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Senate group shelves Front Range drilling study

photo - Colorado State Representative Joann Ginal, D-Ft. Collins, shown here in a 2013 file photo, was the sponsor of the proposal to study about the health effects of drilling along Colorado's front range. (AP Photo/Brennan Linsley) + caption
Colorado State Representative Joann Ginal, D-Ft. Collins, shown here in a 2013 file photo, was the sponsor of the proposal to study about the health effects of drilling along Colorado's front range. (AP Photo/Brennan Linsley)
The Associated Press Updated: April 29, 2014 at 7:58 pm 0

DENVER — A divisive proposal to commission a new study about the health effects of drilling along Colorado's Front Range was defeated Tuesday.

The Senate Appropriations Committee voted against the study amid concerns the Health Department already has the ability to study the effects. The measure had already passed in the House.

The bill would have ordered the state Health Department to study "health and quality of life effects" of drilling in Adams, Boulder, Larimer and Weld counties.

Business groups and mineral-rights owners called the proposal unnecessary and predisposed to decry oil and gas drilling.

But the sponsor of the measure, Rep. Joann Ginal, D-Fort Collins, said the study was scientifically organized and simply intended to address resident concerns over the health effects of drilling.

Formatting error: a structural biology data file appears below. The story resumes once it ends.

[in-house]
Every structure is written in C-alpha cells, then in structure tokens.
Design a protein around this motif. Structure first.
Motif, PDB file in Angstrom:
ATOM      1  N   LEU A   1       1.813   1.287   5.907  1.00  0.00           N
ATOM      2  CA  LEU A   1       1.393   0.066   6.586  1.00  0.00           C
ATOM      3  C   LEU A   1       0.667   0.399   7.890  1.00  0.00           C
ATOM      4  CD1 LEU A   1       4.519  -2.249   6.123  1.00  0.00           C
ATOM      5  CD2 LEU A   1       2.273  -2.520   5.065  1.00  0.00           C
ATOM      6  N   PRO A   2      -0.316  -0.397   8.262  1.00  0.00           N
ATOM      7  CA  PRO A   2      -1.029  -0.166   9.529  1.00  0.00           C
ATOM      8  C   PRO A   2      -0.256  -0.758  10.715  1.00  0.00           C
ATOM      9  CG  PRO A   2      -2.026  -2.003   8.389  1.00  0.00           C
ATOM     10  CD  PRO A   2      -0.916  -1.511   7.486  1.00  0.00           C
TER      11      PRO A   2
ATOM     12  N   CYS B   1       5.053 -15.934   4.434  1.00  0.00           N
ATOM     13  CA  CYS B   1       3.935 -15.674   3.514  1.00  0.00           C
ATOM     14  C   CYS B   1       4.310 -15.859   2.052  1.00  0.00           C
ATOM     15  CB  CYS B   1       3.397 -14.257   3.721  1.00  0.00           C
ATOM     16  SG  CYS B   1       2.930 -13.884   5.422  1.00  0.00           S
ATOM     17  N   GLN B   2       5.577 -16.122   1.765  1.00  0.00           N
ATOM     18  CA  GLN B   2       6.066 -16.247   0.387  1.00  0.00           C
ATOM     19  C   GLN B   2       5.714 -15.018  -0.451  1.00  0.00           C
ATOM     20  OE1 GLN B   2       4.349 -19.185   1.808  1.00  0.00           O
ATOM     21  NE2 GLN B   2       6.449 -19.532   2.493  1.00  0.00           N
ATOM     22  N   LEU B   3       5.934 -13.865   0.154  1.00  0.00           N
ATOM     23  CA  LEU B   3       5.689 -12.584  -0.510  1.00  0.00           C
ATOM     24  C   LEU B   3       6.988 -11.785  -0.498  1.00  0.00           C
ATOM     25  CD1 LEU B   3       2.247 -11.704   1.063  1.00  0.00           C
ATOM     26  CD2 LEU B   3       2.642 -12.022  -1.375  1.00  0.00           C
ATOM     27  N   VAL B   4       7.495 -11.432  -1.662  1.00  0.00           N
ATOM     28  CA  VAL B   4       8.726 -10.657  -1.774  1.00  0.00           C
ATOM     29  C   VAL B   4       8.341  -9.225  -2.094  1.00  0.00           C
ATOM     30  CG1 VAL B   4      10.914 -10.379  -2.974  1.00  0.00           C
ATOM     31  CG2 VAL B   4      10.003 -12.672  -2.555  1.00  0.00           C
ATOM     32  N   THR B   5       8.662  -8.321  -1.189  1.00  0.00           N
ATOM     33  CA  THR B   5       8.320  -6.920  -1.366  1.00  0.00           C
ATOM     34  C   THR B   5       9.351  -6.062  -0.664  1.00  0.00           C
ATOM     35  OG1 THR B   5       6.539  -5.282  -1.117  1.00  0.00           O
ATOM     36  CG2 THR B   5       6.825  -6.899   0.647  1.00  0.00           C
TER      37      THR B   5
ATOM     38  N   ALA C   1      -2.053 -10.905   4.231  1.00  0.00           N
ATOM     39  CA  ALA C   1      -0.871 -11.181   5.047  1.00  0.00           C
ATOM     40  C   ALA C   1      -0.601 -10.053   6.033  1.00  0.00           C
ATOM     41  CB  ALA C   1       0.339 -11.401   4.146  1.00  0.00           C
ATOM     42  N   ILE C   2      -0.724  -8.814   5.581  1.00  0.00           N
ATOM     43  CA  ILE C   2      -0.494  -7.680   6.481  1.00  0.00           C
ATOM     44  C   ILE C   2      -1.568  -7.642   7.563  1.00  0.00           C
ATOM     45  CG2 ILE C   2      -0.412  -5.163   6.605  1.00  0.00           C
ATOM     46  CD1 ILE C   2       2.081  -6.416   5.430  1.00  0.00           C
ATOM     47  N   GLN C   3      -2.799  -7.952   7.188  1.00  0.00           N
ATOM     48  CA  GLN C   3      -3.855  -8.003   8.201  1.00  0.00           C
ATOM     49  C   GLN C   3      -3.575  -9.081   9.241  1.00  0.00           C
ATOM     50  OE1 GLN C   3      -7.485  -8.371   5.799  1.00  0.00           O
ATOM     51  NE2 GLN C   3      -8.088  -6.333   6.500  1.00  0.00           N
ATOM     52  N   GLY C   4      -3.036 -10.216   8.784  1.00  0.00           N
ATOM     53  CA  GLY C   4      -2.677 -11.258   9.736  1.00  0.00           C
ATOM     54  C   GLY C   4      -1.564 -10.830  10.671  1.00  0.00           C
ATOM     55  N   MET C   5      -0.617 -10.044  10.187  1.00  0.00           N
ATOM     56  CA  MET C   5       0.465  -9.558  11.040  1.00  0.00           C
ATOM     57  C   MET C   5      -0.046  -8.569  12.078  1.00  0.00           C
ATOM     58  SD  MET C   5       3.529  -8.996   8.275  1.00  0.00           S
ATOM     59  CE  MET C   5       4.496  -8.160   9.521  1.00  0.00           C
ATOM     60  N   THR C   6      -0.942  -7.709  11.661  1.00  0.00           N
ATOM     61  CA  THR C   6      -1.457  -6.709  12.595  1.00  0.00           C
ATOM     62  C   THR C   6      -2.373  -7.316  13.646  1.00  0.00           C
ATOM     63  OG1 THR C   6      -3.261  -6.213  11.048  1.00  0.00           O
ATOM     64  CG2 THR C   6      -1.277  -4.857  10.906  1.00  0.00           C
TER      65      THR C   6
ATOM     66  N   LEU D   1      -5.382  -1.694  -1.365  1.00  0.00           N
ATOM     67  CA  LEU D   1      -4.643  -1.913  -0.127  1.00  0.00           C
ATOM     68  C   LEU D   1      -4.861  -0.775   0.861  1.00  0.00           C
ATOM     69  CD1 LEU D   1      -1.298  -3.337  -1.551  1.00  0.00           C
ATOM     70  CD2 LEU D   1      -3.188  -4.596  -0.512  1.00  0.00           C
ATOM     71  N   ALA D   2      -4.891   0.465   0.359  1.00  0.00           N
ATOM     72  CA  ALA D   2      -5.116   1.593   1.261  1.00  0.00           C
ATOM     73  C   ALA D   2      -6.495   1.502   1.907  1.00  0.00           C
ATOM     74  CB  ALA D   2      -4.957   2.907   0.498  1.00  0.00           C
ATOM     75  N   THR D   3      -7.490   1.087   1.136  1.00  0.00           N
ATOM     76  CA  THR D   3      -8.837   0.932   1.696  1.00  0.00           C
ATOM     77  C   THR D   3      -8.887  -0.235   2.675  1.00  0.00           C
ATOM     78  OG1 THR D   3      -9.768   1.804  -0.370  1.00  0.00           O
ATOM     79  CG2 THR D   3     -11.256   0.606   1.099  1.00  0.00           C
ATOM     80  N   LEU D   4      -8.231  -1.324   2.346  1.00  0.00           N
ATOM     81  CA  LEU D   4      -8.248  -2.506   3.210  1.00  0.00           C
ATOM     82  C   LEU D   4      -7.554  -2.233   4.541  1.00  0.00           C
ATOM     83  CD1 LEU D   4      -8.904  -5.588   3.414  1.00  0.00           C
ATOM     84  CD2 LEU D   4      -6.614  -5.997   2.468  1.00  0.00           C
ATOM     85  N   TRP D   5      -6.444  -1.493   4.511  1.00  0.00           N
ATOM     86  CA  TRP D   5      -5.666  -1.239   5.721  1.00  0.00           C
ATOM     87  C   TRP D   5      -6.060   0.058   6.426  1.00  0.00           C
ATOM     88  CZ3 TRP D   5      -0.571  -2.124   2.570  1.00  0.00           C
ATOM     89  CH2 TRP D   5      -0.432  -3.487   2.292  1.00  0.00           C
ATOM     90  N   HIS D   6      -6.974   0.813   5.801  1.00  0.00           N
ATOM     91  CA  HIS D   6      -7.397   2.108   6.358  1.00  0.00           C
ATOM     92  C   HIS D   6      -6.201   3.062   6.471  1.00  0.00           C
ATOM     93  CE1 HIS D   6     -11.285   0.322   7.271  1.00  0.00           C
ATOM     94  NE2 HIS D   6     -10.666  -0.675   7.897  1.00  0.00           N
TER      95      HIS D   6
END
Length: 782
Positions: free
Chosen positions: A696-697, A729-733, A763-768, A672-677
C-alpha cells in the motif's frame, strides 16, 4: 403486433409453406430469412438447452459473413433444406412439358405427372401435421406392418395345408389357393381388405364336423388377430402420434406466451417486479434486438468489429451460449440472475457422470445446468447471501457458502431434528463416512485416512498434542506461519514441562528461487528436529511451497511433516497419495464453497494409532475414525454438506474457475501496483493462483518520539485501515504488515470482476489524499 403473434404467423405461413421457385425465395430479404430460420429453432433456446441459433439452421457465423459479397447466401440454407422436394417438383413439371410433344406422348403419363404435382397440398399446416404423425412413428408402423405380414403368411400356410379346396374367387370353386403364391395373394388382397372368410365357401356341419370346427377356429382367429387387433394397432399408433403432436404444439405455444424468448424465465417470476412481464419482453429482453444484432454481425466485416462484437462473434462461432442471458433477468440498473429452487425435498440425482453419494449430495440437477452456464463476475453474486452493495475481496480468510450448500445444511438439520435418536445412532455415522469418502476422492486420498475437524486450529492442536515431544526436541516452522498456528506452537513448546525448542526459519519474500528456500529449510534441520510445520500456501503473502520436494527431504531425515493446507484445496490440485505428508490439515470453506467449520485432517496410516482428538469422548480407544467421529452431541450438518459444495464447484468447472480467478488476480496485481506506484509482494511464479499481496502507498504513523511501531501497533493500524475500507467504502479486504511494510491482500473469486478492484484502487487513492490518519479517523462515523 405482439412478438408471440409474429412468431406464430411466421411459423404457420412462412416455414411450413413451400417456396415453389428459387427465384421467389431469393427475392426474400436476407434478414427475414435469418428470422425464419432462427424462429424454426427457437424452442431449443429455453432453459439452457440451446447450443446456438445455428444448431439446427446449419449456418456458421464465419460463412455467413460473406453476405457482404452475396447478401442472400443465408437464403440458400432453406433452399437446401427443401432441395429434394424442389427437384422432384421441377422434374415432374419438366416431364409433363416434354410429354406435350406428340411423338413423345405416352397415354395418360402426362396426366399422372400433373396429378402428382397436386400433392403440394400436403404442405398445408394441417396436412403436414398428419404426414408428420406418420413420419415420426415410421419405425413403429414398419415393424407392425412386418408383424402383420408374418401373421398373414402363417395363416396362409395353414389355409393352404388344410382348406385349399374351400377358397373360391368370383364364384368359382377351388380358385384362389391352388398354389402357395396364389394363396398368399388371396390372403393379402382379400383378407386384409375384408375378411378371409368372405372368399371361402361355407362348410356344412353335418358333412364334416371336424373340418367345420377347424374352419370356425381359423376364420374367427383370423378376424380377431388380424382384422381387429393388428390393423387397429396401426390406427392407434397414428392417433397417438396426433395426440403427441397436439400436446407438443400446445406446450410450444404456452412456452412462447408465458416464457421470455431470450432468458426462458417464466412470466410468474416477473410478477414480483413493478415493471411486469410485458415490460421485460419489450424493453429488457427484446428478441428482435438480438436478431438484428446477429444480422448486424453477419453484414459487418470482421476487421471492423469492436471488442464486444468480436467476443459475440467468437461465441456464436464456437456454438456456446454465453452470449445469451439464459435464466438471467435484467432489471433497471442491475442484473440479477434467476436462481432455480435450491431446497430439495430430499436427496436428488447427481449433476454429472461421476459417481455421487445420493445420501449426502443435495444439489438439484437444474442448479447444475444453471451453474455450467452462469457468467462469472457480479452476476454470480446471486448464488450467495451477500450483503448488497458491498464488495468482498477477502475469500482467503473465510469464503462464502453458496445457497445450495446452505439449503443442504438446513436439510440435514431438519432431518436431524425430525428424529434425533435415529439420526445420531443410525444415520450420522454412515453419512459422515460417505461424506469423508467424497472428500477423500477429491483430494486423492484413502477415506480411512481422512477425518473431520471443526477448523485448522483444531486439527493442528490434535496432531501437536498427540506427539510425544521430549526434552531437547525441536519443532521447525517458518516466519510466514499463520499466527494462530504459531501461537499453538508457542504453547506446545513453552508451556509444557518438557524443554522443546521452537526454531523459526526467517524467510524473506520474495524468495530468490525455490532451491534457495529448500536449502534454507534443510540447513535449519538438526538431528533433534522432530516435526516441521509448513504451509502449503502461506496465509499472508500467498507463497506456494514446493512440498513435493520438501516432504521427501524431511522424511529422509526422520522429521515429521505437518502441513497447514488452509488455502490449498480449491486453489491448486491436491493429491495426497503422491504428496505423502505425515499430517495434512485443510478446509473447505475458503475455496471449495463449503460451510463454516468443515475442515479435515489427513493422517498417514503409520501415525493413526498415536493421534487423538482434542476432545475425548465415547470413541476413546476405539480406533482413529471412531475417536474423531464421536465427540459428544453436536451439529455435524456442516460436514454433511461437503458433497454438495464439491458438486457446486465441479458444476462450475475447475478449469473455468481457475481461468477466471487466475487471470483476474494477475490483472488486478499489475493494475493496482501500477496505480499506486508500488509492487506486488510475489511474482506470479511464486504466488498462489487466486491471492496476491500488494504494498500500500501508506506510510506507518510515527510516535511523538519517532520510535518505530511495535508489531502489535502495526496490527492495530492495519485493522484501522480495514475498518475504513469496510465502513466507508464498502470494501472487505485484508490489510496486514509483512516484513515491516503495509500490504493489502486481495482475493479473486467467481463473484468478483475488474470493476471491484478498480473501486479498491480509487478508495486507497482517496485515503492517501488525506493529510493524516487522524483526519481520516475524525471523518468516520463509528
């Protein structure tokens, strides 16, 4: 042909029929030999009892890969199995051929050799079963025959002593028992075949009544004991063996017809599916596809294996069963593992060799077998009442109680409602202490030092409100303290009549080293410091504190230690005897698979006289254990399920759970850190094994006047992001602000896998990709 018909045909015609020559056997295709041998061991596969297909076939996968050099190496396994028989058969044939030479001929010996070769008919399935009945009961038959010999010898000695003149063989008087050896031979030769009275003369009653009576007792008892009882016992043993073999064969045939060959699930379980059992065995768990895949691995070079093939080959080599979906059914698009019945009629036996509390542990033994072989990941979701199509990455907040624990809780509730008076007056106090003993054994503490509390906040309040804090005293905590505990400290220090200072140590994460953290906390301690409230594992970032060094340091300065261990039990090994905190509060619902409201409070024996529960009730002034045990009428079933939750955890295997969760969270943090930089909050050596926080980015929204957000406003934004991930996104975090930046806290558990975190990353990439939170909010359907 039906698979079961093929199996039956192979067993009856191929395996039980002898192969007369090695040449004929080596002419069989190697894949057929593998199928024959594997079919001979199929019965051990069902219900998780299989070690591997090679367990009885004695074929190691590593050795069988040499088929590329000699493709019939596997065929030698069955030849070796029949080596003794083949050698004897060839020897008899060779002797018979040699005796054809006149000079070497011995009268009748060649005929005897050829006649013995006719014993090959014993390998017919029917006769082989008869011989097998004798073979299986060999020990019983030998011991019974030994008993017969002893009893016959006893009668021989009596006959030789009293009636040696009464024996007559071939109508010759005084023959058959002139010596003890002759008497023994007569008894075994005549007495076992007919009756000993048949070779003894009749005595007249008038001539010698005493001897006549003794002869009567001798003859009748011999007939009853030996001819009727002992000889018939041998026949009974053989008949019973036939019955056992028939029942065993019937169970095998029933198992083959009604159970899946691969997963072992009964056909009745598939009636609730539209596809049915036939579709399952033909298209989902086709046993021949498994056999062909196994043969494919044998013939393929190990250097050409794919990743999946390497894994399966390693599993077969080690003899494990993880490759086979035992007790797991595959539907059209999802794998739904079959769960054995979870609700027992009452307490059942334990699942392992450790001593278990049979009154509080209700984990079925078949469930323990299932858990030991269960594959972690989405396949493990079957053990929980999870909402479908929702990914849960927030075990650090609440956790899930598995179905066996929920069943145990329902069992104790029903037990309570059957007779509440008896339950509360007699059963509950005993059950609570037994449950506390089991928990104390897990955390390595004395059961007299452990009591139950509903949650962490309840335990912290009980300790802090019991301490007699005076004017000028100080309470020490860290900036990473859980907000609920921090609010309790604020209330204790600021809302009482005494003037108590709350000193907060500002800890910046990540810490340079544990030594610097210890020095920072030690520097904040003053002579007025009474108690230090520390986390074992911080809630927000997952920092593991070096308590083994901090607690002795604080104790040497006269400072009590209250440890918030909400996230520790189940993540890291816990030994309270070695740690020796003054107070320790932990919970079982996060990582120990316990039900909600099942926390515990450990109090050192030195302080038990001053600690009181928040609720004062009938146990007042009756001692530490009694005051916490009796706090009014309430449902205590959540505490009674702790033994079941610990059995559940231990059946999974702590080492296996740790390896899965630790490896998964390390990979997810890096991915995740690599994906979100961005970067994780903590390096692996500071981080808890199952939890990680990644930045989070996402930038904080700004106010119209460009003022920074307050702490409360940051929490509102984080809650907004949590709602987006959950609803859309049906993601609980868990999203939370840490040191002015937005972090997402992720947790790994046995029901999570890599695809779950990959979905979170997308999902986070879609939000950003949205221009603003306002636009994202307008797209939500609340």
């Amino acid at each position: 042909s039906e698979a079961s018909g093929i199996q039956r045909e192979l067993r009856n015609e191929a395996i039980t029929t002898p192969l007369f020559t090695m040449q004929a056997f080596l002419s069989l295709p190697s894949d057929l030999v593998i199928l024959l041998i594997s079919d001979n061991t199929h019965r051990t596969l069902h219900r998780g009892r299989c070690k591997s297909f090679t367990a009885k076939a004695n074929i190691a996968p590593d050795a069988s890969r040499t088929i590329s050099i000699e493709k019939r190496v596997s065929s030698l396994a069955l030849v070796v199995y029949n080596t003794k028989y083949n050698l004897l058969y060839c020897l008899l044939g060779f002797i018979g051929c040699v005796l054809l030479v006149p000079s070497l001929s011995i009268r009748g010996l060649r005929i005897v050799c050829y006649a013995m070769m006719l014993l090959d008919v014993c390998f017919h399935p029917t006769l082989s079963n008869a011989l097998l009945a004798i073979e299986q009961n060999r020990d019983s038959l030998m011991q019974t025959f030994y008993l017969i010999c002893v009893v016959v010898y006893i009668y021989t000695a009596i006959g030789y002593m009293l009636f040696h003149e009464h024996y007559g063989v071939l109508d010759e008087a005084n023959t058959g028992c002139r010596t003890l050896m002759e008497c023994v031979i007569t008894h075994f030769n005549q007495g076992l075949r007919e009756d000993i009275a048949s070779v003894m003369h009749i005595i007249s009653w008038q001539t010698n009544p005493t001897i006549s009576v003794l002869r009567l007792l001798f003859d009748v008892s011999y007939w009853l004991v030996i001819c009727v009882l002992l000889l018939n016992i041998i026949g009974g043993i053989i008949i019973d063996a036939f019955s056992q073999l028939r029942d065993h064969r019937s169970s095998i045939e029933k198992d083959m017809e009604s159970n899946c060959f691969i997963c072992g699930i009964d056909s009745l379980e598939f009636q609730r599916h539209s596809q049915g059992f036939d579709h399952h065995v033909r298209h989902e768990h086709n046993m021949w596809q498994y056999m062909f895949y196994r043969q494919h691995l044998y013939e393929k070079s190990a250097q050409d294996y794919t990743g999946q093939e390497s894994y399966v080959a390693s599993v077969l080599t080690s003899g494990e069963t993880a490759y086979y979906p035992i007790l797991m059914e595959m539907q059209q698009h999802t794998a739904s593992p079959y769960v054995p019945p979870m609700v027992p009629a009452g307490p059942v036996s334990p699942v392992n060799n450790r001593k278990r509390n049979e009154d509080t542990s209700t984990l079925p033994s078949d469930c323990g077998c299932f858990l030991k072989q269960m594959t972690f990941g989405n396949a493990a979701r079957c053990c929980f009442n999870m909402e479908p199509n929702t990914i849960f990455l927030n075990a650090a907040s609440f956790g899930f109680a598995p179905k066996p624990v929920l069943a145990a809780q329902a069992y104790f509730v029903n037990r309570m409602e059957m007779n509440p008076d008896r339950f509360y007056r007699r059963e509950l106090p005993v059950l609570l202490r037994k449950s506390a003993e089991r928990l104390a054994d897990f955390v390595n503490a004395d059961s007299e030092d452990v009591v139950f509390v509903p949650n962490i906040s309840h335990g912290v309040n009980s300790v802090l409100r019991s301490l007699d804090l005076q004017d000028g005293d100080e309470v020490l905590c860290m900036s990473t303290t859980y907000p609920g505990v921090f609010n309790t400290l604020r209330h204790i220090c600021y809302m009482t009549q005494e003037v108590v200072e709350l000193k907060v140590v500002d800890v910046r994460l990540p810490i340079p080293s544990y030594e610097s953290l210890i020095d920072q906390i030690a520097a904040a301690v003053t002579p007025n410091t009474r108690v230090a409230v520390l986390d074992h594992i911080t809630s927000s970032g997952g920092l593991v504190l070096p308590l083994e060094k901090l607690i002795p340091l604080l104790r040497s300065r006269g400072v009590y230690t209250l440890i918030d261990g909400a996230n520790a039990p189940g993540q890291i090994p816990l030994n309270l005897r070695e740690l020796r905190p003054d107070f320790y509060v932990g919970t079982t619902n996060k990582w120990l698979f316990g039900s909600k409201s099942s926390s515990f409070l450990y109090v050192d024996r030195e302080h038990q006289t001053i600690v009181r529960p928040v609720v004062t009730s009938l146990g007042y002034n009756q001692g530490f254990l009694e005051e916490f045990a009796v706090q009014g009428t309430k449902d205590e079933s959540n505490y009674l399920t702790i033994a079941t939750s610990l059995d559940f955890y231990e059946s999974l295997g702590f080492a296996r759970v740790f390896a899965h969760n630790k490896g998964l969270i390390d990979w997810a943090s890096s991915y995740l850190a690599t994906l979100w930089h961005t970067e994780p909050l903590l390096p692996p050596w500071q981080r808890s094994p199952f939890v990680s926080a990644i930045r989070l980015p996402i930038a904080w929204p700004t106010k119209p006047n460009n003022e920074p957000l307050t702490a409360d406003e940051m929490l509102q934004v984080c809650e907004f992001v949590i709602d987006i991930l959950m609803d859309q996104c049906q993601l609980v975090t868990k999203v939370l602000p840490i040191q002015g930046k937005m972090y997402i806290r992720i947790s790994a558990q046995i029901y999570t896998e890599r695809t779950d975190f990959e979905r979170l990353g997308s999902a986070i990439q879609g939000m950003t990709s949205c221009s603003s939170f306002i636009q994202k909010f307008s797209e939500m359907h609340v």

"The people along the Front Range want answers, and they feel they're being ignored," said Ginal, who was skeptical the Colorado Department of Public Health & Environment would choose to do the study.

Two Democrats joined Republicans Tuesday in shelving the idea. They said the measure would likely have failed on the Senate floor.

Ginal, who suggested a similar study last year without success, said the proposal would come back in 2015. New drilling technologies have opened up land nearer to population centers for oil and gas drilling, prompting fresh anxiety about drilling and hydraulic fracturing near homes and businesses.

"I'm sad for the people of the Front Range. This is something that they really wanted, to just feel comfortable," Ginal said. "Their voices are silenced again."

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